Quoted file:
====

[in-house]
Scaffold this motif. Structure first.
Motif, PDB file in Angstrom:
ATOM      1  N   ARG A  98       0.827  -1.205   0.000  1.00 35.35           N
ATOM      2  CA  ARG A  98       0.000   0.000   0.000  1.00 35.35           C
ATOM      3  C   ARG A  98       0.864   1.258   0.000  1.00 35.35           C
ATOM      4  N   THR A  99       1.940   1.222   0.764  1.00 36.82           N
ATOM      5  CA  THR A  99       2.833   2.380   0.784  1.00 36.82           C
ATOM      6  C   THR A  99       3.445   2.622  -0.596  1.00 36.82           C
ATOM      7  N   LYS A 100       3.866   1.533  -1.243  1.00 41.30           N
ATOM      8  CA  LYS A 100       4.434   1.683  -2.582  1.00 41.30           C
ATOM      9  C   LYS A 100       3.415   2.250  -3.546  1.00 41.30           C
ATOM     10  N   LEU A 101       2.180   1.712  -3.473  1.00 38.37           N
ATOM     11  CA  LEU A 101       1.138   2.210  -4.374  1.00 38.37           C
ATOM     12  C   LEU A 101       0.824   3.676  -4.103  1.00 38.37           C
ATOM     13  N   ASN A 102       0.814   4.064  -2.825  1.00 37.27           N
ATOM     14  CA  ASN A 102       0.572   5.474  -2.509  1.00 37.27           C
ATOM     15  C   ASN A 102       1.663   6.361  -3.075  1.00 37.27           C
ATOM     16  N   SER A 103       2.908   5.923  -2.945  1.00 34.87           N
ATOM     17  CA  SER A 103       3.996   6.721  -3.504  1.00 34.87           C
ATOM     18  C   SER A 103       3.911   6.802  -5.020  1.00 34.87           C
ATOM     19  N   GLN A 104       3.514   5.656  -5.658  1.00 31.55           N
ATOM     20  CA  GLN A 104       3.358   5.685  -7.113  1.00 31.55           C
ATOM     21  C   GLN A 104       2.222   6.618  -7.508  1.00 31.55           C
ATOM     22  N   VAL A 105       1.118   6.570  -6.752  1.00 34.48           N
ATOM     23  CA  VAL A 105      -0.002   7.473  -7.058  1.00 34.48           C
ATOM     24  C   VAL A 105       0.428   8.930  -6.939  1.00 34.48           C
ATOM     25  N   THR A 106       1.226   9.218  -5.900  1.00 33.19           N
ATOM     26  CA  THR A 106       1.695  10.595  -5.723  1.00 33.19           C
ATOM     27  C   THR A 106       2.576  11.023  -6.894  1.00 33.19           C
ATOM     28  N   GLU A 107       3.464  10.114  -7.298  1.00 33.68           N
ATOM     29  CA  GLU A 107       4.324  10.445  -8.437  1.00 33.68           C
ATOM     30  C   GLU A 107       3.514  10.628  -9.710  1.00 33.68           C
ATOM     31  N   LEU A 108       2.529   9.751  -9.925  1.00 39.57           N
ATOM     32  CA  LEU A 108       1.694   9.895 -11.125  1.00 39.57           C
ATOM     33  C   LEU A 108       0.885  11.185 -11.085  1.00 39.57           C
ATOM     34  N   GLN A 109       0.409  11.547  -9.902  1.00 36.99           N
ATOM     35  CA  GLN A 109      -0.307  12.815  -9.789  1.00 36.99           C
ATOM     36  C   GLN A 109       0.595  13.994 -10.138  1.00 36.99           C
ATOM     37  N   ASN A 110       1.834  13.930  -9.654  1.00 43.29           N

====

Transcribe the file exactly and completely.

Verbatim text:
[in-house]
Scaffold this motif. Structure first.
Motif, PDB file in Angstrom:
ATOM      1  N   ARG A  98       0.827  -1.205   0.000  1.00 35.35           N
ATOM      2  CA  ARG A  98       0.000   0.000   0.000  1.00 35.35           C
ATOM      3  C   ARG A  98       0.864   1.258   0.000  1.00 35.35           C
ATOM      4  N   THR A  99       1.940   1.222   0.764  1.00 36.82           N
ATOM      5  CA  THR A  99       2.833   2.380   0.784  1.00 36.82           C
ATOM      6  C   THR A  99       3.445   2.622  -0.596  1.00 36.82           C
ATOM      7  N   LYS A 100       3.866   1.533  -1.243  1.00 41.30           N
ATOM      8  CA  LYS A 100       4.434   1.683  -2.582  1.00 41.30           C
ATOM      9  C   LYS A 100       3.415   2.250  -3.546  1.00 41.30           C
ATOM     10  N   LEU A 101       2.180   1.712  -3.473  1.00 38.37           N
ATOM     11  CA  LEU A 101       1.138   2.210  -4.374  1.00 38.37           C
ATOM     12  C   LEU A 101       0.824   3.676  -4.103  1.00 38.37           C
ATOM     13  N   ASN A 102       0.814   4.064  -2.825  1.00 37.27           N
ATOM     14  CA  ASN A 102       0.572   5.474  -2.509  1.00 37.27           C
ATOM     15  C   ASN A 102       1.663   6.361  -3.075  1.00 37.27           C
ATOM     16  N   SER A 103       2.908   5.923  -2.945  1.00 34.87           N
ATOM     17  CA  SER A 103       3.996   6.721  -3.504  1.00 34.87           C
ATOM     18  C   SER A 103       3.911   6.802  -5.020  1.00 34.87           C
ATOM     19  N   GLN A 104       3.514   5.656  -5.658  1.00 31.55           N
ATOM     20  CA  GLN A 104       3.358   5.685  -7.113  1.00 31.55           C
ATOM     21  C   GLN A 104       2.222   6.618  -7.508  1.00 31.55           C
ATOM     22  N   VAL A 105       1.118   6.570  -6.752  1.00 34.48           N
ATOM     23  CA  VAL A 105      -0.002   7.473  -7.058  1.00 34.48           C
ATOM     24  C   VAL A 105       0.428   8.930  -6.939  1.00 34.48           C
ATOM     25  N   THR A 106       1.226   9.218  -5.900  1.00 33.19           N
ATOM     26  CA  THR A 106       1.695  10.595  -5.723  1.00 33.19           C
ATOM     27  C   THR A 106       2.576  11.023  -6.894  1.00 33.19           C
ATOM     28  N   GLU A 107       3.464  10.114  -7.298  1.00 33.68           N
ATOM     29  CA  GLU A 107       4.324  10.445  -8.437  1.00 33.68           C
ATOM     30  C   GLU A 107       3.514  10.628  -9.710  1.00 33.68           C
ATOM     31  N   LEU A 108       2.529   9.751  -9.925  1.00 39.57           N
ATOM     32  CA  LEU A 108       1.694   9.895 -11.125  1.00 39.57           C
ATOM     33  C   LEU A 108       0.885  11.185 -11.085  1.00 39.57           C
ATOM     34  N   GLN A 109       0.409  11.547  -9.902  1.00 36.99           N
ATOM     35  CA  GLN A 109      -0.307  12.815  -9.789  1.00 36.99           C
ATOM     36  C   GLN A 109       0.595  13.994 -10.138  1.00 36.99           C
ATOM     37  N   ASN A 110       1.834  13.930  -9.654  1.00 43.29           N